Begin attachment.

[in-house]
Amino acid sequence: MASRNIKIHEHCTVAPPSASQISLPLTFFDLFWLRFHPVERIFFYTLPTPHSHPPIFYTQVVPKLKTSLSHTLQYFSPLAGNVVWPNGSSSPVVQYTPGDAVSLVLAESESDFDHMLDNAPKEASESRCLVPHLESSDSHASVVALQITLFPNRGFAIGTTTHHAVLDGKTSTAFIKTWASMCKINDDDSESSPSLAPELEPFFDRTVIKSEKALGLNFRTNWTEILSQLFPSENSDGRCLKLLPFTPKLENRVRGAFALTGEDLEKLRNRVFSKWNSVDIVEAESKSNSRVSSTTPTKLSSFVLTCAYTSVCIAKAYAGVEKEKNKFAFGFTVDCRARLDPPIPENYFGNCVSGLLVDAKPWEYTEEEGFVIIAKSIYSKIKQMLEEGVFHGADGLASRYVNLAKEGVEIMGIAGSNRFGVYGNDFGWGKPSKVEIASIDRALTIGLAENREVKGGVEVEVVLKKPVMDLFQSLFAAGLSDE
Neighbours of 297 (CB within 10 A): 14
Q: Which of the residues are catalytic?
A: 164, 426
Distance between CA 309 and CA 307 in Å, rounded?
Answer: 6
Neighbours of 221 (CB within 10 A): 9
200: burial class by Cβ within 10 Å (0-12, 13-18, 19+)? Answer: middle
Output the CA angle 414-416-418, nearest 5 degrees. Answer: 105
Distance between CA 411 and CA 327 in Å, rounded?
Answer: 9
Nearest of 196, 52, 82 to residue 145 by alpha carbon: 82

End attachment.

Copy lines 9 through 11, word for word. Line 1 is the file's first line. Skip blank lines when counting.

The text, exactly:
200: burial class by Cβ within 10 Å (0-12, 13-18, 19+)? Answer: middle
Output the CA angle 414-416-418, nearest 5 degrees. Answer: 105
Distance between CA 411 and CA 327 in Å, rounded?